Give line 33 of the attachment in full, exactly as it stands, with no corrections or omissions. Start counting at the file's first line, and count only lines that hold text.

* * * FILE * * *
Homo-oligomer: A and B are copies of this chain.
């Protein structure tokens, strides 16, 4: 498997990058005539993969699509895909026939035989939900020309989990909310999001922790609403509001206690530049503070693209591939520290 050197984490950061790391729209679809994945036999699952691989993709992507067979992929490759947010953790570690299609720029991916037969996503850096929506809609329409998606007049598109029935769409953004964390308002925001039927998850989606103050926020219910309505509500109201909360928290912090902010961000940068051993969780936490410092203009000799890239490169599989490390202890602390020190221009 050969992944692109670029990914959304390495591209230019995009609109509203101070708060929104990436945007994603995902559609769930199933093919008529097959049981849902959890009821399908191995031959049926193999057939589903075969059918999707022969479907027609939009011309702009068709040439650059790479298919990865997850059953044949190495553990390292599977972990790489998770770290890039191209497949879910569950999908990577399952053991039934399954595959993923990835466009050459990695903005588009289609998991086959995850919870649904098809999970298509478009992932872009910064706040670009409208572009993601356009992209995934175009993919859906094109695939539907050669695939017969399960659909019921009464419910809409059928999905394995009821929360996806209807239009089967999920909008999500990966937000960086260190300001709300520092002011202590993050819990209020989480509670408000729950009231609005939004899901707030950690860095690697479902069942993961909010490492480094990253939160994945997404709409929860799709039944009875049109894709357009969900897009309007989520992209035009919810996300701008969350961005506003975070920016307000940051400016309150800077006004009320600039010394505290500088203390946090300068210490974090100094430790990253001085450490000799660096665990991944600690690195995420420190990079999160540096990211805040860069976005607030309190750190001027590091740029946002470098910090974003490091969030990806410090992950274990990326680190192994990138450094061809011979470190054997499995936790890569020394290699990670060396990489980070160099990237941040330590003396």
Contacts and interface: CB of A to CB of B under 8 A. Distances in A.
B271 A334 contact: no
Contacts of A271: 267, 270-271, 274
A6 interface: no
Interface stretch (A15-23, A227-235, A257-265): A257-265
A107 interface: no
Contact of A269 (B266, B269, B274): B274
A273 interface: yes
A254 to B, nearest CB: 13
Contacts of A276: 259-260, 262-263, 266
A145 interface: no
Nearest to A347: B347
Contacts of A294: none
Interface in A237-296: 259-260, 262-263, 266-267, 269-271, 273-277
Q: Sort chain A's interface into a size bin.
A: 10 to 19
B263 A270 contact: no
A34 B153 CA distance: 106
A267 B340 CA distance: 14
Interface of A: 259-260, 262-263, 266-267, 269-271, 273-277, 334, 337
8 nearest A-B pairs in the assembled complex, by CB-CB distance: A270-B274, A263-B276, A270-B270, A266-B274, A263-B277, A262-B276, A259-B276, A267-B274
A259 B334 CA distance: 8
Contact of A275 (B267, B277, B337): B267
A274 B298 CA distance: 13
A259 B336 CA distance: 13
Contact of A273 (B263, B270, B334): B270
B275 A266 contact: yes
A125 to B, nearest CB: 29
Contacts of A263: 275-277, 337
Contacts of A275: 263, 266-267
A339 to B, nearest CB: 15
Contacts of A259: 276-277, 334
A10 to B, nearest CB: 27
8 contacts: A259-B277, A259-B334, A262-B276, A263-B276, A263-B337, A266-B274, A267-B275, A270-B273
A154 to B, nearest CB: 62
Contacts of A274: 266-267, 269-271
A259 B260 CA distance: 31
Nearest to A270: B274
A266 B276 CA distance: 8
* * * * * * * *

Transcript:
A339 to B, nearest CB: 15